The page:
This has been a real challenge, but the Foundation’s belief in the importance of high quality, values-led work with young people and the importance of supporting the conditions for this work in order to grow its impact informed this approach. What we have learnt is that the impact for young people is often more of an indirect result of funding but that through a focus on and investment in organisational development, the quality and/or reach of organisations’ work is improved. For us, this is what ‘progress’ looks like.
You can read more in this summary paper on supporting organisations (7 pages, 8 minutes).
The Foundation designed and structured the Youth Fund to give away some control, based on trust. The Fund gives away control of exactly how funds are spent and what outcomes are achieved as a result, trusting that organisations work in a way that aligns with values they share with Paul Hamlyn Foundation, and that they will be able to progress their development effectively if they are given the resource to do so. That does not mean that we’ve lost the ability to analyse the impact of the Fund; it just means that we have needed to use a different approach to evaluation to generate learning.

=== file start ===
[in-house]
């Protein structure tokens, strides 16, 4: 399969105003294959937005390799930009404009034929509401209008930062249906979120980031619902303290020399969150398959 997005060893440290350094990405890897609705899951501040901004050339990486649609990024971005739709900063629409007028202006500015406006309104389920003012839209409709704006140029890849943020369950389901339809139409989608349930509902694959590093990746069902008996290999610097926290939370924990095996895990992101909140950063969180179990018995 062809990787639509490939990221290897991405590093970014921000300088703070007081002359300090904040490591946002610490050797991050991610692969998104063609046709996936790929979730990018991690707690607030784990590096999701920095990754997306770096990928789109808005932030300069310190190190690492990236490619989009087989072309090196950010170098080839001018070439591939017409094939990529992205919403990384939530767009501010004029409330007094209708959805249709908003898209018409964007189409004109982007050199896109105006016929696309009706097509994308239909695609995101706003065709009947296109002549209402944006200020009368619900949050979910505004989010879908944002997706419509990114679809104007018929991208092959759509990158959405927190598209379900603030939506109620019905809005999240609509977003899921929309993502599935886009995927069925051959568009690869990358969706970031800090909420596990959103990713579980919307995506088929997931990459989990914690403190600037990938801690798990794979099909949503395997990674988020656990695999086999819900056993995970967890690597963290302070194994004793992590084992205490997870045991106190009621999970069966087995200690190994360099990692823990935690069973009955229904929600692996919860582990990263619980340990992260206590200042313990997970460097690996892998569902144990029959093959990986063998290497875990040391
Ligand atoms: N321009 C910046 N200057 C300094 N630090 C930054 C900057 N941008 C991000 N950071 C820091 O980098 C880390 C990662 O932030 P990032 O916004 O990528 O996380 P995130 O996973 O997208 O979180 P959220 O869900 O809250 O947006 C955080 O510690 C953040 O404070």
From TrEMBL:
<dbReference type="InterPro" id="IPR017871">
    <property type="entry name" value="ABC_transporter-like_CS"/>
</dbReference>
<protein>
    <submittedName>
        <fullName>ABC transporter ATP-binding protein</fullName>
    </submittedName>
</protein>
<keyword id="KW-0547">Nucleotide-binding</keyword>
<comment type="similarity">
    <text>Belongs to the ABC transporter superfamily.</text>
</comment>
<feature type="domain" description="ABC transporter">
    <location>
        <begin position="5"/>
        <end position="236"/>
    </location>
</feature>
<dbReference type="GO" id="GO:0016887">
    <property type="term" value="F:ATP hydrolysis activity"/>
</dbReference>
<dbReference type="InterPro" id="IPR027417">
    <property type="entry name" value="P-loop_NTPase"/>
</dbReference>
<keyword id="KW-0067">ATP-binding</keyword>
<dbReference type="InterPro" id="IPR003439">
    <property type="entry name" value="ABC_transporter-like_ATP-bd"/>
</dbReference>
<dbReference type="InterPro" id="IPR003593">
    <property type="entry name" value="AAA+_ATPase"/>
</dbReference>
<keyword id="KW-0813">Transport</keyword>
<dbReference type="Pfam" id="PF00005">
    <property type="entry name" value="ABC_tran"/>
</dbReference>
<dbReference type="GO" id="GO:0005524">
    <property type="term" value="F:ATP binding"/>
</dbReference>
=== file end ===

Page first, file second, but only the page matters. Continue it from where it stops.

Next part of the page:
The executive summary shares some further insights on how the Fund’s approach has supported grantees, and the challenges and benefits of this approach.
If you would like to find out more about the evaluation insights and issues highlighted here, join us for a funders workshop on Wednesday 26 February – please get in touch with Andy Curtis, Research and Evaluation Manager at PHF, for more information.
Alice Thornton is Head of Learning at Renaisi. She supports social sector organisations with their learning and development challenges, based on her experience of supporting Renaisi’s own learning practice.
 The Fund provided core funding in a flexible way but did not provide unrestricted funding.